Stacking freehold titles one on top of the other within a building creates ‘flying freeholds’, arrangements considered by many mortgage lenders to be defective and by some to be unsaleable. This is mainly because under English law positive obligations in the legal title, say to insure and maintain the building, are not automatically binding on successive owners (as they are in leases) unless there is a direct contractual obligation between the property owner and the person obliged to carry out the maintenance and insurance.
What is the new build leasehold housing scandal?
The new build leasehold housing scandal centred upon house builders opting to create overly complicated leasehold titles for properties that really should have been sold as freeholds. This is because there was nothing to prevent the house’s owner from carrying out maintenance and insurance of the entire property themselves. The underlying motive for doing this was the latent value in high ground rent income and a windfall within the next 15 to 20 years when they were approached by the owners for a lease extension as their lease term had less than 80 years to run.
It’s fair to say that the spotlight is now shining on the existing leasehold system as a result.
Following comments in consultation reports prepared by the Law Commission and The Housing Communities and Local Government Committee, over 45 house builders have committed to an industry wide pledge to exclude onerous ground rent clauses. It is highly likely that legislation implementing leasehold reform will be passed in the near future to correct some of the unfair practices that have emerged within the current patchwork quilt of over 50 Acts of Parliament relating to Leasehold property.
Acceptable lease arrangements
In the meantime, many mortgage lenders have reviewed the reports and have adjusted their minimum requirements with respect to Leasehold Property. The emerging picture of what constitutes an acceptable arrangement is a lease containing the following features:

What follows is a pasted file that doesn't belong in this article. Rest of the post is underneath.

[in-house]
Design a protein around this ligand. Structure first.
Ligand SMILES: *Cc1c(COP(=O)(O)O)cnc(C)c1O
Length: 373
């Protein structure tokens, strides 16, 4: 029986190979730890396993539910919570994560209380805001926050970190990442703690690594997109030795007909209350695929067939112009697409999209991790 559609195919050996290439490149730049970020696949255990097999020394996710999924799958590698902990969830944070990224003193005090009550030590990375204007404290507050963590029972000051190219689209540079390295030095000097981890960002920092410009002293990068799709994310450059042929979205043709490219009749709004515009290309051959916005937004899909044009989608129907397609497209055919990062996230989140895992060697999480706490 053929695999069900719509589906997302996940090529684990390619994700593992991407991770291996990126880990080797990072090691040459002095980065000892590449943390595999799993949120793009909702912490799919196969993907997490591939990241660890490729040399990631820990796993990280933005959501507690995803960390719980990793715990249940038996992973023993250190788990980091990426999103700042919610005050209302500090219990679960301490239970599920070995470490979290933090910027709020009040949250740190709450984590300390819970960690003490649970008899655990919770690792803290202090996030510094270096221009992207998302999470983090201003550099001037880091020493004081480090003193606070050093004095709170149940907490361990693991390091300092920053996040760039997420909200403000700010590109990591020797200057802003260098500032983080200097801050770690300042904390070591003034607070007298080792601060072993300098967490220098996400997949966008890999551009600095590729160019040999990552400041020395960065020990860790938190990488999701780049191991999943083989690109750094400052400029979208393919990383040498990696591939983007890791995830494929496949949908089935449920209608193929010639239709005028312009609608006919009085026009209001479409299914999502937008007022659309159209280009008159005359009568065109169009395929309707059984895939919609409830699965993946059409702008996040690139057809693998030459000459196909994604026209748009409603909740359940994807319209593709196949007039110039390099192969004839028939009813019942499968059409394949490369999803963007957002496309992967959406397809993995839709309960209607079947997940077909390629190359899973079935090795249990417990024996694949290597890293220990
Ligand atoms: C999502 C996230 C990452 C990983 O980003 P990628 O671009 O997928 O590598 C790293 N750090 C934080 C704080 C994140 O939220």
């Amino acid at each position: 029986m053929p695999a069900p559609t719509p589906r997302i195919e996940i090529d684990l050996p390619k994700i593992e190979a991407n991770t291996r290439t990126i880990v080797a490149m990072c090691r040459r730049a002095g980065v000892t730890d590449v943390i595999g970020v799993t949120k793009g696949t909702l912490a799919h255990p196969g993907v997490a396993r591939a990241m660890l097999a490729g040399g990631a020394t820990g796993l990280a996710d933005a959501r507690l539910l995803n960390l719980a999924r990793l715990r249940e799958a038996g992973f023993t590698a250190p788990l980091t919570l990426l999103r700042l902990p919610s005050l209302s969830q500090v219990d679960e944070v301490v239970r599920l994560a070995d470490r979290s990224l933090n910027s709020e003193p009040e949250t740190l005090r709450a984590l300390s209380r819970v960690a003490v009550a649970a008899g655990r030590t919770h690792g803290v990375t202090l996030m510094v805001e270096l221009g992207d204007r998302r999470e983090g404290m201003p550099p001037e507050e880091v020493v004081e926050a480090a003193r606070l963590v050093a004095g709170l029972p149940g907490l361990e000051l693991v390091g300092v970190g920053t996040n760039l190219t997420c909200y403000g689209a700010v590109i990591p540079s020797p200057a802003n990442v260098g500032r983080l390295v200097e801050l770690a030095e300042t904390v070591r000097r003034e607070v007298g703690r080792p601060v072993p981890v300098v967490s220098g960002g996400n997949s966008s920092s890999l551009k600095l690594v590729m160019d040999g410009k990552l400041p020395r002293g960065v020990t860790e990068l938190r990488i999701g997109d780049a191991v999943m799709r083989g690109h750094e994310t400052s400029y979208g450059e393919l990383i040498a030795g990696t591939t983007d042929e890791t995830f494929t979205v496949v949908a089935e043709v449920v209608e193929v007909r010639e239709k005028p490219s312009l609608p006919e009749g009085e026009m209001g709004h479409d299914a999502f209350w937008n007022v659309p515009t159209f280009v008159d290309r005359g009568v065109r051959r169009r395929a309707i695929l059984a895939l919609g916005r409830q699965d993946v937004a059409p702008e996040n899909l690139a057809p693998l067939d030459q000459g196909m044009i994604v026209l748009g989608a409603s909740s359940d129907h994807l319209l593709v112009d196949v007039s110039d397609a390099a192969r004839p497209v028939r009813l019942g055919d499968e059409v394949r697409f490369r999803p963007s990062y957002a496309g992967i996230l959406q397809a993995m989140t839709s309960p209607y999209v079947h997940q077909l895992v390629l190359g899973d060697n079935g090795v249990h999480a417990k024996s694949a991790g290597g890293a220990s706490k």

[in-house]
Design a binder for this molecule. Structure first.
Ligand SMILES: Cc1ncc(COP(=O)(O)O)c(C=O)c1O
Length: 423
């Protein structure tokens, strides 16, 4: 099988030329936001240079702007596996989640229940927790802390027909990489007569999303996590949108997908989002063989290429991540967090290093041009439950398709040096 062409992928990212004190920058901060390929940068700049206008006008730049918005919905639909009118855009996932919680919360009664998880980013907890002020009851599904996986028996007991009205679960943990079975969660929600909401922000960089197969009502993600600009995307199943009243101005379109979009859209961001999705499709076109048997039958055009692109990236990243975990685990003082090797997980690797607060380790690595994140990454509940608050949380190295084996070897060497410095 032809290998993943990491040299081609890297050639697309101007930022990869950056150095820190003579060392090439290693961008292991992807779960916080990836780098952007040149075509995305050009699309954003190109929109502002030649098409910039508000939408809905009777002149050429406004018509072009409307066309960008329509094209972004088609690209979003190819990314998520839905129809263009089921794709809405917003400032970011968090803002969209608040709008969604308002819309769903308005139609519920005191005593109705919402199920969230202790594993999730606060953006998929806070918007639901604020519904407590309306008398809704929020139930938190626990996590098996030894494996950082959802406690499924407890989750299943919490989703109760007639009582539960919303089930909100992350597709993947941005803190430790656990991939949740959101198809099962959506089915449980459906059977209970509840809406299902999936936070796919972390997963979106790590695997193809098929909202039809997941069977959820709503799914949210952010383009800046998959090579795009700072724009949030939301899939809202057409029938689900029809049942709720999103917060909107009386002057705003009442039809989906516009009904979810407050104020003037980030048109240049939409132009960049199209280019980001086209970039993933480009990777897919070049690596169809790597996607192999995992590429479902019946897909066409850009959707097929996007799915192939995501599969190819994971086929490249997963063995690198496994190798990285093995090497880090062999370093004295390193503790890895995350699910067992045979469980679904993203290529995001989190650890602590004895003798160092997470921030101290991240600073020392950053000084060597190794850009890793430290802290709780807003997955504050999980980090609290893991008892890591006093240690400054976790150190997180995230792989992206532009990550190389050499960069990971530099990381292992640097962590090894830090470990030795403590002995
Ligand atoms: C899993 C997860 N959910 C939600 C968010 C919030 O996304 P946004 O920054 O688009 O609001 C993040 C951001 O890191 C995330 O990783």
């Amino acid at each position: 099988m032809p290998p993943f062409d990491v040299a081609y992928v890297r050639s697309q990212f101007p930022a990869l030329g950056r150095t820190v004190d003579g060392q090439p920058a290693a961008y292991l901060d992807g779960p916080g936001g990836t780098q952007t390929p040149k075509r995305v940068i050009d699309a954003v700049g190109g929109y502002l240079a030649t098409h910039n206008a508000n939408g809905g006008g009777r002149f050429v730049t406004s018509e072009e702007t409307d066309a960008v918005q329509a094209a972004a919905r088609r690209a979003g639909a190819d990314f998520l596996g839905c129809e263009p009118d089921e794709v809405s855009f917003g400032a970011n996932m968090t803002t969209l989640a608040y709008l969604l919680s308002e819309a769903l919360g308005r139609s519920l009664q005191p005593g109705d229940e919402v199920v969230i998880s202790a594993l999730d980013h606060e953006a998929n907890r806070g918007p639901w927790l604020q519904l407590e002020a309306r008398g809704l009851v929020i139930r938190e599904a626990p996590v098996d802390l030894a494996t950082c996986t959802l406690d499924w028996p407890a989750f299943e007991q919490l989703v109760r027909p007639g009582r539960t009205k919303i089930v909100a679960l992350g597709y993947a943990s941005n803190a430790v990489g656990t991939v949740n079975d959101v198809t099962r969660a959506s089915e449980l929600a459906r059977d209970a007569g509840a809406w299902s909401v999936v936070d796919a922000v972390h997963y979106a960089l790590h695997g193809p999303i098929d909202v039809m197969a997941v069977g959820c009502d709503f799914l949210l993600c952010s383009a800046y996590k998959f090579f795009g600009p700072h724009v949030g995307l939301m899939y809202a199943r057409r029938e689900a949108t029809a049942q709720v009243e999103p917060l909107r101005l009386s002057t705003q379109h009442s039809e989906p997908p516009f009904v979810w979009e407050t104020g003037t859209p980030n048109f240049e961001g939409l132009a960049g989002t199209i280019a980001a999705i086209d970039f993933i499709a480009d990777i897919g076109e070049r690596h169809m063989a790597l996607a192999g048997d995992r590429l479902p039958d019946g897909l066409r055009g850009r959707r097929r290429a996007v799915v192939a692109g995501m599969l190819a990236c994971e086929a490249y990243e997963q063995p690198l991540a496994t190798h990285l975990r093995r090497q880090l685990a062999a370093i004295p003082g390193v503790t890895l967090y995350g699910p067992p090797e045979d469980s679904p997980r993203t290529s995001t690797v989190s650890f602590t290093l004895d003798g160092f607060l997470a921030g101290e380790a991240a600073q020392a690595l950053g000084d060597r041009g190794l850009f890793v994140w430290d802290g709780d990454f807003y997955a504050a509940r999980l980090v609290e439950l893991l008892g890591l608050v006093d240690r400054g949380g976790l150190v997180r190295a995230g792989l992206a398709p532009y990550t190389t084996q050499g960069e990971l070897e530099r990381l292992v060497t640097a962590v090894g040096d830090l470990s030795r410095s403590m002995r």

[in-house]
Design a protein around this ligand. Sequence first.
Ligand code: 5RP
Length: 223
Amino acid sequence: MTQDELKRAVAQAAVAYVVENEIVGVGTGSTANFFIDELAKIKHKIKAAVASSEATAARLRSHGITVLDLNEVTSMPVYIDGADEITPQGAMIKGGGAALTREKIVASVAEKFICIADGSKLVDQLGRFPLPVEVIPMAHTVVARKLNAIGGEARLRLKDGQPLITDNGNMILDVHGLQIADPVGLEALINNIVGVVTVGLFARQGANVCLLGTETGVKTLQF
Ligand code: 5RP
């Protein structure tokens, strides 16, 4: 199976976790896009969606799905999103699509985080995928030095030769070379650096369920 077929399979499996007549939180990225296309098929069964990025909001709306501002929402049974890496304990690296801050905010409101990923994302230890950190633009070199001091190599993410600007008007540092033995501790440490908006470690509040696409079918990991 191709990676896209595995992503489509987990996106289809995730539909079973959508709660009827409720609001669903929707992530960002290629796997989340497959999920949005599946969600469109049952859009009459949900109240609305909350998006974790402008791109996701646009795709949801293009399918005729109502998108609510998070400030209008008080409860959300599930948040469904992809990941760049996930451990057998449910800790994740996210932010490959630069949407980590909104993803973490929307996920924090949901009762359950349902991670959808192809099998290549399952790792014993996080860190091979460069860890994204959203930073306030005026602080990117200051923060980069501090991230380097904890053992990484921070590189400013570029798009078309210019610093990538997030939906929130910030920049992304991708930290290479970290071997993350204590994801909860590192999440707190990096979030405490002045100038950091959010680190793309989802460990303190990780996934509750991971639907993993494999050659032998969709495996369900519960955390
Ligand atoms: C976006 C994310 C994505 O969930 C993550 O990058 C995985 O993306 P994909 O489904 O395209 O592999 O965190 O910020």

- Leasehold house – If your lease is of one building with no other flat owners within it, then there is good cause for concern. The terms of your lease should be scrutinised carefully. Ideally, your lease will acknowledge that you are responsible for maintaining and insuring the building, not contain any instances whereby you are required to obtain the landlord’s consent, have a term of 999 years with the ground rent being fixed at no more than £250 per year at any point in the term.
- Ground rent amount – Is less than 0.5% of the market value of the property, although annual rents more than 0.1% of the market value are likely to be referred to the lender’s valuer for their further review.
- Ground rent periodic increases – Doubling ground rents are acceptable provided that the frequency between each increase is over 20 years. Ground rent reviews linked to relative increases in the Retail Prices Index are equally valid, provided that there is a gap of at least 10 years between each review.
- Term – The unexpired term of the lease is at least 55 years (or at least 30 years left to run in addition to the length of the mortgage term), although unexpired terms of less than 85 years are likely to be referred to the lender’s valuer for further review.
The value of your lease
So is your lease a Fiat 500L or is it a Porsche in terms of retaining its market value?
There are some mortgage lenders who set the bar higher but for the moment if your lease meets the above criteria then this is a good indication that your lease is not materially affected by the current wave of criticism levied against the leasehold tenure.
Until legislation is passed setting a minimum cap on ground rent and simplifying tenants’ rights to a lease extension or collective purchase of the freehold with other tenants in the same building, then you should strongly consider lodging a claim with your landlord to obtain an extension of your lease term if there is less than 85-90 years left to run on your lease.
How Rix & Kay can help
Rix & Kay has lawyers accredited with the Association of Leasehold Enfranchisement Practitioners (ALEP), an independent regulator which sets the benchmark for best practice in this area of law.